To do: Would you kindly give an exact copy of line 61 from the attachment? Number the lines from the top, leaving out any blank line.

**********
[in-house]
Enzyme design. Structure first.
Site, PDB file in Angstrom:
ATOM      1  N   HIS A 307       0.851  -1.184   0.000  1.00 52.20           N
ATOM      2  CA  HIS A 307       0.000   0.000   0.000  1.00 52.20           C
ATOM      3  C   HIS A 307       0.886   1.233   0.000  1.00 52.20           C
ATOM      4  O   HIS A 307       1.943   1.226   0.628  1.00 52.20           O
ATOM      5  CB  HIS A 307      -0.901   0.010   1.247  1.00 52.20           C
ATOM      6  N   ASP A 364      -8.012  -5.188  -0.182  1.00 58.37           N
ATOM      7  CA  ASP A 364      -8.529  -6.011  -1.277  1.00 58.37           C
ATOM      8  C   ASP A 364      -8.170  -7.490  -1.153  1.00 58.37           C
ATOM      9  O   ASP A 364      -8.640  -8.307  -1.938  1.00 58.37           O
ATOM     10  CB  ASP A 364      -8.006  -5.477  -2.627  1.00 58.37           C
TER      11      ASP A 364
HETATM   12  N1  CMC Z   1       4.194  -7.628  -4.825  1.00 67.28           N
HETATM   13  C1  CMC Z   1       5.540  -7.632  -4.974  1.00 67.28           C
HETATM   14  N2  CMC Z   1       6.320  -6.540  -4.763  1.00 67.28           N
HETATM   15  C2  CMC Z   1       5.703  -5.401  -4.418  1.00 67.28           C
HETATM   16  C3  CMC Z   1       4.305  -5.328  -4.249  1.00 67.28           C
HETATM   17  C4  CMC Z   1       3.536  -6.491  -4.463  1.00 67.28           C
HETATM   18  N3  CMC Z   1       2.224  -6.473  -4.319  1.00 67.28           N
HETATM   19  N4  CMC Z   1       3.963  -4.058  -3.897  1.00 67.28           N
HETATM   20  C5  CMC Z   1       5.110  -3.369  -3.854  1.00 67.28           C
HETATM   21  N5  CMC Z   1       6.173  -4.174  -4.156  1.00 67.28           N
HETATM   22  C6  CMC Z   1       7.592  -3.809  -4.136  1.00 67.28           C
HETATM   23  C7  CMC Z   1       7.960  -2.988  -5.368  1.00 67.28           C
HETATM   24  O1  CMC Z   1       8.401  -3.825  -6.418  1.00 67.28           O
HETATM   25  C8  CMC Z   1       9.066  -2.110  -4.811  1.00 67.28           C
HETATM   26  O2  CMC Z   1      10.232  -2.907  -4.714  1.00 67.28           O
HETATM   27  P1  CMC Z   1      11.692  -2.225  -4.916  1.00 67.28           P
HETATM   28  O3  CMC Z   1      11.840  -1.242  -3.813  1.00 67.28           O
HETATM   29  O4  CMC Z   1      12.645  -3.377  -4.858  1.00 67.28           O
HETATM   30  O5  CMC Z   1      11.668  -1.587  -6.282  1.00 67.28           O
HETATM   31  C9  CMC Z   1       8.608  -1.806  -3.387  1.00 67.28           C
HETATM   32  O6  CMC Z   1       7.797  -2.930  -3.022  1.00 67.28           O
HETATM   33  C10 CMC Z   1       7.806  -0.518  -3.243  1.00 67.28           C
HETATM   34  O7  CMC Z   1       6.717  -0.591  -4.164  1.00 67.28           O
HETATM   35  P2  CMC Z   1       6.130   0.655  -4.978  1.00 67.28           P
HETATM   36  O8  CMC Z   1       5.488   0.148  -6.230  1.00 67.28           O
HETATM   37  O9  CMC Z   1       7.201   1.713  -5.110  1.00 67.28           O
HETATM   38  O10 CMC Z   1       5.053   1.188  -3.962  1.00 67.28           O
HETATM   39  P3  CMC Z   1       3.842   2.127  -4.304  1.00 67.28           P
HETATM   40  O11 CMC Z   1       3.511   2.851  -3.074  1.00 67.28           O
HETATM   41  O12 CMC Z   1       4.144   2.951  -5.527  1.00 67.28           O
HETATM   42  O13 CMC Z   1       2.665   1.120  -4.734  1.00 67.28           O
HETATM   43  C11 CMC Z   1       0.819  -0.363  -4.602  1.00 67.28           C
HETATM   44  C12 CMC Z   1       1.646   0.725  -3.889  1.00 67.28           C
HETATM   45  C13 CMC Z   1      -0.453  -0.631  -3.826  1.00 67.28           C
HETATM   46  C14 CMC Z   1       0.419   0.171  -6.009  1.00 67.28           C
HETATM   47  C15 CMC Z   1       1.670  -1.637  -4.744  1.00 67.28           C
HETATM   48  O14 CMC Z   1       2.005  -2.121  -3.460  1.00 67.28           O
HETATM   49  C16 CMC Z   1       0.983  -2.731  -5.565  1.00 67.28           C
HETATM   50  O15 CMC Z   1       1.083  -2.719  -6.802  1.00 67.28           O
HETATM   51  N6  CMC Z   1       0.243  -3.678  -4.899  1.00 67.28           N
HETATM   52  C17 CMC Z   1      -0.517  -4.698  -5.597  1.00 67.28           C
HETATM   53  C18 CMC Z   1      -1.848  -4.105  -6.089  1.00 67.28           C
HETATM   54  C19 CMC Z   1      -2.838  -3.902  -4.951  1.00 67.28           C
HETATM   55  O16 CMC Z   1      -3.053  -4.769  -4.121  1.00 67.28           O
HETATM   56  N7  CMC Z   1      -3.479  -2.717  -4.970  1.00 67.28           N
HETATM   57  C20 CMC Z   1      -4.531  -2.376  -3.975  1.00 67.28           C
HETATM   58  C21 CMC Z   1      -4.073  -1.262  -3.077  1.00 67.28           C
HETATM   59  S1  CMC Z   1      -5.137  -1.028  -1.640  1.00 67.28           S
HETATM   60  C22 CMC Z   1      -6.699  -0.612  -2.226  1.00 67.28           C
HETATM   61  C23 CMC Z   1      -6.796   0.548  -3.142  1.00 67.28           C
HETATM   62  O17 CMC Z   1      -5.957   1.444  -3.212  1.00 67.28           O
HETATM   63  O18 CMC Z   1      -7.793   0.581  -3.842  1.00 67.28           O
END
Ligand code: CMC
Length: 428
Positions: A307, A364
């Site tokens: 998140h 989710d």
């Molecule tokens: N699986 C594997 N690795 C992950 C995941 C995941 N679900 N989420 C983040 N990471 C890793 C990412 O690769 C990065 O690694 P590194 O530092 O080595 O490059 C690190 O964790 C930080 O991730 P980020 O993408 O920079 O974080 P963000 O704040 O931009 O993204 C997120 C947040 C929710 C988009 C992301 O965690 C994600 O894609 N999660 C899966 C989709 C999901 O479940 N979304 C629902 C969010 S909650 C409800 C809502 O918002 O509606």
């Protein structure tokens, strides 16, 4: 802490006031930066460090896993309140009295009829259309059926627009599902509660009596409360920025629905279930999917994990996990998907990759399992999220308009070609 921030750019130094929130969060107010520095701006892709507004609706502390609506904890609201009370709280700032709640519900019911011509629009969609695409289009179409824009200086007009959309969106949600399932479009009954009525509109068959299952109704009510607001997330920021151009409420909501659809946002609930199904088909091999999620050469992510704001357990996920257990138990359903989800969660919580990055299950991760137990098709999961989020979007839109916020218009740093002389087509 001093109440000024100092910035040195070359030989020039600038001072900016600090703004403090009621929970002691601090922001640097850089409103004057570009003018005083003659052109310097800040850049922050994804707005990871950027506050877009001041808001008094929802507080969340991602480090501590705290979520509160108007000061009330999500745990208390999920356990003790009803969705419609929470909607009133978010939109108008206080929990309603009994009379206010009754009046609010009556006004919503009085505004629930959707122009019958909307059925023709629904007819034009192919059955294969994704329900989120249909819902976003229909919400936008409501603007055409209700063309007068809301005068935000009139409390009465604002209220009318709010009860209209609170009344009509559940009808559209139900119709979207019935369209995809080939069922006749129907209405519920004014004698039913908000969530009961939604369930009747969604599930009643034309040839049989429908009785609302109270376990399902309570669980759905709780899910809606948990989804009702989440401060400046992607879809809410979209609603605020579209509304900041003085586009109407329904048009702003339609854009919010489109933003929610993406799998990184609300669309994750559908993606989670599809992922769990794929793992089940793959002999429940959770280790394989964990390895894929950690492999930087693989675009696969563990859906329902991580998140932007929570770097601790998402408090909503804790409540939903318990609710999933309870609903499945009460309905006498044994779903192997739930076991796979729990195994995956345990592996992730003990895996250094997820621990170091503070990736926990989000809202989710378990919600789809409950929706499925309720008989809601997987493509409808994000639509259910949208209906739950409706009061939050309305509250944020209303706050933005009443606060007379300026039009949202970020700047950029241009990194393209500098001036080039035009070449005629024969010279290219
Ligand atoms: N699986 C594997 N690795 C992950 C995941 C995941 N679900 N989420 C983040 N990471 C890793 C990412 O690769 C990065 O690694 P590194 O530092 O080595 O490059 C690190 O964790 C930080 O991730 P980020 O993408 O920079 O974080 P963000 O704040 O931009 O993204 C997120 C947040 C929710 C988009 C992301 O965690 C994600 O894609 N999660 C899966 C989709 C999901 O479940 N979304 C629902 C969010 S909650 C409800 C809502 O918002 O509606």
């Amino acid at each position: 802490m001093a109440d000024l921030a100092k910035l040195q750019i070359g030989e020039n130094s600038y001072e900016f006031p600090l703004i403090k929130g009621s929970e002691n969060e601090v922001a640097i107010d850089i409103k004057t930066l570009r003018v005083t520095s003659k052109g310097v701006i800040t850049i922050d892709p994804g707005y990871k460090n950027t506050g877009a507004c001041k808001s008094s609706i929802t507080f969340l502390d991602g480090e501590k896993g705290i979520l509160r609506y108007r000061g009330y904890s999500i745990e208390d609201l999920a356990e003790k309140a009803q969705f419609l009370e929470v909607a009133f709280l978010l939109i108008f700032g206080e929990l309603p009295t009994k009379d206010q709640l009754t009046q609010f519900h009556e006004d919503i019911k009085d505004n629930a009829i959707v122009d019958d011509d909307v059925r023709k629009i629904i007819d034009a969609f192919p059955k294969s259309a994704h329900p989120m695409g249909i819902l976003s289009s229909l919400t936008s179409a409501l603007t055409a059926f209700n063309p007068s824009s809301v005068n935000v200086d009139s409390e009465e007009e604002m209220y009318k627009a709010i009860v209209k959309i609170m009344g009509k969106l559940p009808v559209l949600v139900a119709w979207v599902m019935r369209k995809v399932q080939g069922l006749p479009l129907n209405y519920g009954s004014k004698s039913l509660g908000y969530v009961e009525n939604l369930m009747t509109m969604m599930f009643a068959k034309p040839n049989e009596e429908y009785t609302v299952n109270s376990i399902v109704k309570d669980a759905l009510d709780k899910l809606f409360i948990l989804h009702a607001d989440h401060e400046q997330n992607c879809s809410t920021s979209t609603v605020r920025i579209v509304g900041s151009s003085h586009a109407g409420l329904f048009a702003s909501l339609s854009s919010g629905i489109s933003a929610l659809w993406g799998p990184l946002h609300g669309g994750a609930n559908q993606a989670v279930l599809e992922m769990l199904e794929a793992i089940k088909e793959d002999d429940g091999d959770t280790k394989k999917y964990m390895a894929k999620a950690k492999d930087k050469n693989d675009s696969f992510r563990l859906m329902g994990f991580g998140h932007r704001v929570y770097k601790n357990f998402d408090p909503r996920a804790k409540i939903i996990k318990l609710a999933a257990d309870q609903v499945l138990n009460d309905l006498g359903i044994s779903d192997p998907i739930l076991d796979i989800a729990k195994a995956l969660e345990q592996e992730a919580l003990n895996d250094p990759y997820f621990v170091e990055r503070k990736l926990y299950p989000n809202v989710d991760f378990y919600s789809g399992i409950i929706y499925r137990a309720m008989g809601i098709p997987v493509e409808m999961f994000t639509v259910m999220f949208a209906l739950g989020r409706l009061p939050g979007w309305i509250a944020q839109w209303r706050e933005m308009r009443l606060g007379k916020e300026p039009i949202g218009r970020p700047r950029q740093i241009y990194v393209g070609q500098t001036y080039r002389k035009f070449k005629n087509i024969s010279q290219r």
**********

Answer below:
HETATM   58  C21 CMC Z   1      -4.073  -1.262  -3.077  1.00 67.28           C